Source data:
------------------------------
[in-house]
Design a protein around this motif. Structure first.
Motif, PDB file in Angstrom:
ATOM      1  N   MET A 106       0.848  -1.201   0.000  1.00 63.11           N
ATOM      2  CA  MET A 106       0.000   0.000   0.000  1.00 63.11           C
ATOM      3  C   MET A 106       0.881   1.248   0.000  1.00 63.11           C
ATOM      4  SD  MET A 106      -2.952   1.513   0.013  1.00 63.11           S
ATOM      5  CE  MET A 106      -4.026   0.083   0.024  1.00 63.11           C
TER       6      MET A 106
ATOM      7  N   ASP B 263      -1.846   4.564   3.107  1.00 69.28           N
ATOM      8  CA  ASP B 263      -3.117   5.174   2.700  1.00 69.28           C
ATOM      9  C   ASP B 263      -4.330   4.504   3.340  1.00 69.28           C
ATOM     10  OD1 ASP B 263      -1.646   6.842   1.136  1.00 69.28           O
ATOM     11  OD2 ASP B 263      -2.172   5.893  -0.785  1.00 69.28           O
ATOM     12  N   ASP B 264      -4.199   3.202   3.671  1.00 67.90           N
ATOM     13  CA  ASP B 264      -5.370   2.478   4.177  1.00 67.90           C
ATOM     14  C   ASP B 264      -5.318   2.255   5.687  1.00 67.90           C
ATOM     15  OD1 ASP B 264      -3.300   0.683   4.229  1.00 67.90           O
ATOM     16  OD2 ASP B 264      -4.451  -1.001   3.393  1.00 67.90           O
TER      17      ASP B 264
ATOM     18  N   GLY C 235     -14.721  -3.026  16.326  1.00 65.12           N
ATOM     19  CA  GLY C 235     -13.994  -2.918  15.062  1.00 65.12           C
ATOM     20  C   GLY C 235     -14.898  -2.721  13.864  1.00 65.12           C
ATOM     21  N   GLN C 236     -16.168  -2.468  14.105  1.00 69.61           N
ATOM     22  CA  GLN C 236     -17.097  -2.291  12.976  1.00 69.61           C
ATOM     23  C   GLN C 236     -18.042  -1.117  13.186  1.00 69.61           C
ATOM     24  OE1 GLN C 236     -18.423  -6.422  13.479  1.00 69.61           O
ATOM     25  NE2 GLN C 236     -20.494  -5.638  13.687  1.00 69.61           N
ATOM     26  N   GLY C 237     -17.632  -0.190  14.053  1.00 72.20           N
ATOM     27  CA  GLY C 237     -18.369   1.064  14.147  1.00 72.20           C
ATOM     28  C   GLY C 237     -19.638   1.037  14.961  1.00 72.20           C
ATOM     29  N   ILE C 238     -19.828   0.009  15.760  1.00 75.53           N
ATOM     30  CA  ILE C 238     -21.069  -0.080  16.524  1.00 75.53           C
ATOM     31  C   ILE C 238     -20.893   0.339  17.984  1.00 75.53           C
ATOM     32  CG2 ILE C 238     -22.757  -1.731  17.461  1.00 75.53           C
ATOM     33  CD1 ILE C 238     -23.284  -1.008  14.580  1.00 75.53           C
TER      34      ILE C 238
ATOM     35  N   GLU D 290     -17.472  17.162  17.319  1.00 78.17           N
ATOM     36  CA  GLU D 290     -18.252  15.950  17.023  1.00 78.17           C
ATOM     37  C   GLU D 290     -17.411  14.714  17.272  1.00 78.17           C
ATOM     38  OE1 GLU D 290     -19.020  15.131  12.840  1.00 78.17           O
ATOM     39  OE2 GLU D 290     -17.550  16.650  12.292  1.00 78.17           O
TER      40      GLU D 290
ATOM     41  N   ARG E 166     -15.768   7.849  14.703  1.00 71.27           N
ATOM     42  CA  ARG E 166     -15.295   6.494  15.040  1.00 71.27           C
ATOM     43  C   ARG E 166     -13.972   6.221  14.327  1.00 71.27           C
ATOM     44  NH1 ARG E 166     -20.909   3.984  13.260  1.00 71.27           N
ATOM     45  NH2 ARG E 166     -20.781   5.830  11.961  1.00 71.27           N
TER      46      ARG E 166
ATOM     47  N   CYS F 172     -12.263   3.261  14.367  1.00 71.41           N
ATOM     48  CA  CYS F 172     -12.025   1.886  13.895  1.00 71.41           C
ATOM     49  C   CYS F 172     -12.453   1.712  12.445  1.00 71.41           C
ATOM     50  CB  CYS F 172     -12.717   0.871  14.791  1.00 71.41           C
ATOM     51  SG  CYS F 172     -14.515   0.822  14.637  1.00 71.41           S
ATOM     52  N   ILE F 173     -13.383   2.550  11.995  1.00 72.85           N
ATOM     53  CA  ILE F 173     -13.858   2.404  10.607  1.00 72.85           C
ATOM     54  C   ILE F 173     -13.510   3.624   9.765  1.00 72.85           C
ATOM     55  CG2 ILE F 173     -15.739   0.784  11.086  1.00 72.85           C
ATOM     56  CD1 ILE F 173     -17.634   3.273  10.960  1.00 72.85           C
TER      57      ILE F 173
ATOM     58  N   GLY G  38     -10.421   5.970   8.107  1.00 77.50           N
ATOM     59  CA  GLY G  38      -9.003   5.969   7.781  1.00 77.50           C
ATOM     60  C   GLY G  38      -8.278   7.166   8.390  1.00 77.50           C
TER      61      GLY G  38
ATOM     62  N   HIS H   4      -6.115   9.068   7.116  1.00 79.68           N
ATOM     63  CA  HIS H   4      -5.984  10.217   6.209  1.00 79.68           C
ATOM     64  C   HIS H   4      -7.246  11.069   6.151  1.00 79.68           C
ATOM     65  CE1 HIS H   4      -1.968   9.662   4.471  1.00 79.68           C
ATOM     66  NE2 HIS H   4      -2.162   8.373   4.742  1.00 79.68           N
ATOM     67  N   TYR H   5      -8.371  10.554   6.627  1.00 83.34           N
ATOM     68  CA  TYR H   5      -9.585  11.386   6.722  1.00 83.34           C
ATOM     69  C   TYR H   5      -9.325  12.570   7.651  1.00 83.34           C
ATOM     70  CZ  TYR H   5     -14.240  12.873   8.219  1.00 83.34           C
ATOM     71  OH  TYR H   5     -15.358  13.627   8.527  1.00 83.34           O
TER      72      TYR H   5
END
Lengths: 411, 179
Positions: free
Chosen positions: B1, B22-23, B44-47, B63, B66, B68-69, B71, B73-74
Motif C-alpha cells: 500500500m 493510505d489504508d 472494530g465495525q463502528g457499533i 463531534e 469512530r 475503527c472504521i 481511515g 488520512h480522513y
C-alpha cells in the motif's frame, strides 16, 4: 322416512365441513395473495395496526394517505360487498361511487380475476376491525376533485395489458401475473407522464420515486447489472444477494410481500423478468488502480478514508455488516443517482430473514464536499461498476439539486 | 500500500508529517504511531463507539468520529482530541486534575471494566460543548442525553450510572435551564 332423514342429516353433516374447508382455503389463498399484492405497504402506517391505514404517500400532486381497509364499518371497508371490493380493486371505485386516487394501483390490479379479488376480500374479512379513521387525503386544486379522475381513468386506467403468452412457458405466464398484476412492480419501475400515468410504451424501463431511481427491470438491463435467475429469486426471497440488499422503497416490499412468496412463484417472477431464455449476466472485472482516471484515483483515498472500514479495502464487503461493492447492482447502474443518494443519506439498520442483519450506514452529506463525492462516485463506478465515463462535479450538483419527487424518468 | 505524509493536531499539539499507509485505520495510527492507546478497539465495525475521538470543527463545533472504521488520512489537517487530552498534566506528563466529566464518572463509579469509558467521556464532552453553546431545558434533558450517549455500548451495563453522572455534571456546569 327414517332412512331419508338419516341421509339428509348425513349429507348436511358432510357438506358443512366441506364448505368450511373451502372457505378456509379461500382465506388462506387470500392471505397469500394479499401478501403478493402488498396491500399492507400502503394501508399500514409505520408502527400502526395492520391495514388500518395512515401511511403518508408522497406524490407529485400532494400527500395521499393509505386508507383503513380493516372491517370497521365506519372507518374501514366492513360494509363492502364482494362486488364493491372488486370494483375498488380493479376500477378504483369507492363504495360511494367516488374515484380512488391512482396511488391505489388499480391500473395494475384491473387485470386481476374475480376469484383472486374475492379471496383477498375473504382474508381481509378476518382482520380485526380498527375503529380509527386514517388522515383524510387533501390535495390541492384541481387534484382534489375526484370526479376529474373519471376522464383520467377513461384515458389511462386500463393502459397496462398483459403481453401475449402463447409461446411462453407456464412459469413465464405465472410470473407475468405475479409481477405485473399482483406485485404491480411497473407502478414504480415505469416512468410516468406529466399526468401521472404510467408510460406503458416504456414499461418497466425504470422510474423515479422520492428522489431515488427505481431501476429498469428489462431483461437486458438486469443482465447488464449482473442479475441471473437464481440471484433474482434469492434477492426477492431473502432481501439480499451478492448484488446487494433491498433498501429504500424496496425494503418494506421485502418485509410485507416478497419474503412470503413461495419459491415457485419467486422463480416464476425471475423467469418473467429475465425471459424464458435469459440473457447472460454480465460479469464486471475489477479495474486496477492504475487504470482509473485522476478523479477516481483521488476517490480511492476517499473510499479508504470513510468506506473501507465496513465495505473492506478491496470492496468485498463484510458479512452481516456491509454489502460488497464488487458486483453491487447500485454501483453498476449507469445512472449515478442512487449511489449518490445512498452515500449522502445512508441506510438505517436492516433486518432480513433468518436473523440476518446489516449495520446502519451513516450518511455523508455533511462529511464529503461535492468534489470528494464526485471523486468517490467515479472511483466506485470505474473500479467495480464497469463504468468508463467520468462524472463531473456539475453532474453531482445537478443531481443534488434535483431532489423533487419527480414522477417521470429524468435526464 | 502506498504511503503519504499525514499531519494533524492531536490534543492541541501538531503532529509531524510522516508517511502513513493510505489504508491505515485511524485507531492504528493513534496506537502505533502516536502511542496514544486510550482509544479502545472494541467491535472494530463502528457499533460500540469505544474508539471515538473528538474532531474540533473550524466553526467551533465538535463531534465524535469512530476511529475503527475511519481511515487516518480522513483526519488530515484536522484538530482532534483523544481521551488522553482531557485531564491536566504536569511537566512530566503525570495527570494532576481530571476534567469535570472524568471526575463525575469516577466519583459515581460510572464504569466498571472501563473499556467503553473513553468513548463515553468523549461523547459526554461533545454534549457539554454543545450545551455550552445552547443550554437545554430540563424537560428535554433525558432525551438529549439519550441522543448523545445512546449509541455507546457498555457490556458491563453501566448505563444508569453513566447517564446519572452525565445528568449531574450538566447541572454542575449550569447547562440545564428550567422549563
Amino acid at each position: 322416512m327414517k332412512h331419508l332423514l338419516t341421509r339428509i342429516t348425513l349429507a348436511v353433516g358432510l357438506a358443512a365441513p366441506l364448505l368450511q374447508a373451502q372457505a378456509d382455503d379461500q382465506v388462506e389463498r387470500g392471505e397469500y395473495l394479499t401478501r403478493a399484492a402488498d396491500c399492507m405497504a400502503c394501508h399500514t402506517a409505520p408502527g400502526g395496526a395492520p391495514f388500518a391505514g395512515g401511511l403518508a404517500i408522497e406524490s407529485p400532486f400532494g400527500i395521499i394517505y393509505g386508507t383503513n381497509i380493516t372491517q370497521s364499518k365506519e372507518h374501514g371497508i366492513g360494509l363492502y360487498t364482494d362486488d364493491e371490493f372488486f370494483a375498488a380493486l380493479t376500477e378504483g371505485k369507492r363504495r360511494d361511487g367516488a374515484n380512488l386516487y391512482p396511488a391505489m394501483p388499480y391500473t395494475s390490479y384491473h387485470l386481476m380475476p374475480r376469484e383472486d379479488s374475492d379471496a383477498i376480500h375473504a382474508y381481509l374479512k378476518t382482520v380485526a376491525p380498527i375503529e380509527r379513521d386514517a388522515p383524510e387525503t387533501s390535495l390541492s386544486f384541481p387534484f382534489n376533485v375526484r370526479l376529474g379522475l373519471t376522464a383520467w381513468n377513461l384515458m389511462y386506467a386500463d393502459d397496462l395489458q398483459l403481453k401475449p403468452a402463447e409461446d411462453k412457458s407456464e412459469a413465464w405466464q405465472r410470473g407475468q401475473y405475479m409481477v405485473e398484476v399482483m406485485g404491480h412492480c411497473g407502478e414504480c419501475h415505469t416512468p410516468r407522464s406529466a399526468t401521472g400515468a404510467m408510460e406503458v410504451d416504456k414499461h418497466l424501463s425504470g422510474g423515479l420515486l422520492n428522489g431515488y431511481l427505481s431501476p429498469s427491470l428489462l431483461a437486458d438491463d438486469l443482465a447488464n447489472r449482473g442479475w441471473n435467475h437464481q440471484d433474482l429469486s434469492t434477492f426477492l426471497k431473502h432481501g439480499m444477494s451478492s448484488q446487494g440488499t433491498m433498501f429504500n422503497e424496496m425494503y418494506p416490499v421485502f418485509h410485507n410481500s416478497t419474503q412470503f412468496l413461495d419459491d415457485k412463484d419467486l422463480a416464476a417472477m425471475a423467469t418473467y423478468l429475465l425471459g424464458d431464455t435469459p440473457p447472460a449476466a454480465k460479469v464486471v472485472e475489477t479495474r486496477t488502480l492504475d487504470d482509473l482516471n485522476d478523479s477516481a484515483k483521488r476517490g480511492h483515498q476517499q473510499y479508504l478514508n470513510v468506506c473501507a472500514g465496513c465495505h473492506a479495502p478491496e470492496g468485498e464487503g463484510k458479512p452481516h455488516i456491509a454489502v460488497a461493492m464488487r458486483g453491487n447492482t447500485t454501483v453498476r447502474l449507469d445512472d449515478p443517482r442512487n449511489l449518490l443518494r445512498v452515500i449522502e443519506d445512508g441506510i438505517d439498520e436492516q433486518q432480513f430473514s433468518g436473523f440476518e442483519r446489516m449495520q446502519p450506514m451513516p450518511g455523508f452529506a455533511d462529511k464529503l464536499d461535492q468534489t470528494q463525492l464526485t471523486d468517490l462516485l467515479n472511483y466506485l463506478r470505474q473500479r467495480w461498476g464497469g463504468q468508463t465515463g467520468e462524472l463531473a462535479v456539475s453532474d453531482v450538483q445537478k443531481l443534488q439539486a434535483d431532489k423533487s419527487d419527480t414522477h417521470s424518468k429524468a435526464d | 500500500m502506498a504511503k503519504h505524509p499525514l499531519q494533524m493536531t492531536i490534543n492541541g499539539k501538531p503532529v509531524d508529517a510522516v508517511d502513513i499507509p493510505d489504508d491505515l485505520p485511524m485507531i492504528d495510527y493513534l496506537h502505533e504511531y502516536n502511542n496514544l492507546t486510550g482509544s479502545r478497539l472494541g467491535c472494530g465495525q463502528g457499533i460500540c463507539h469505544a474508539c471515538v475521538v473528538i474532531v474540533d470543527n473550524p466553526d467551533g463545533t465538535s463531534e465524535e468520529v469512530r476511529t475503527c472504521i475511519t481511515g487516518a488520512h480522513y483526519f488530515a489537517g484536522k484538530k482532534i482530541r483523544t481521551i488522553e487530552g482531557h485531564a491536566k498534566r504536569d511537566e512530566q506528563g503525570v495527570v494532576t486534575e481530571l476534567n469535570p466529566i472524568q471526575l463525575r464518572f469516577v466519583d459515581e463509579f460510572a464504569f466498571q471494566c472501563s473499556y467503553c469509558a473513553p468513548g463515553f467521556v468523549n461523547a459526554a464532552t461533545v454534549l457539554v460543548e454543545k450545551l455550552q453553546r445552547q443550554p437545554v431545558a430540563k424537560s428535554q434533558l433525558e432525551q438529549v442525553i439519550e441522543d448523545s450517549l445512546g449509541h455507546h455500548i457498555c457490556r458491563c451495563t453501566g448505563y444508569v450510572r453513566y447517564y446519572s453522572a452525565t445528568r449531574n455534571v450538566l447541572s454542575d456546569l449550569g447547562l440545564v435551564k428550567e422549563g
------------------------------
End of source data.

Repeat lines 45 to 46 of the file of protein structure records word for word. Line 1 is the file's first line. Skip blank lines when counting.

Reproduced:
ATOM     42  CA  ARG E 166     -15.295   6.494  15.040  1.00 71.27           C
ATOM     43  C   ARG E 166     -13.972   6.221  14.327  1.00 71.27           C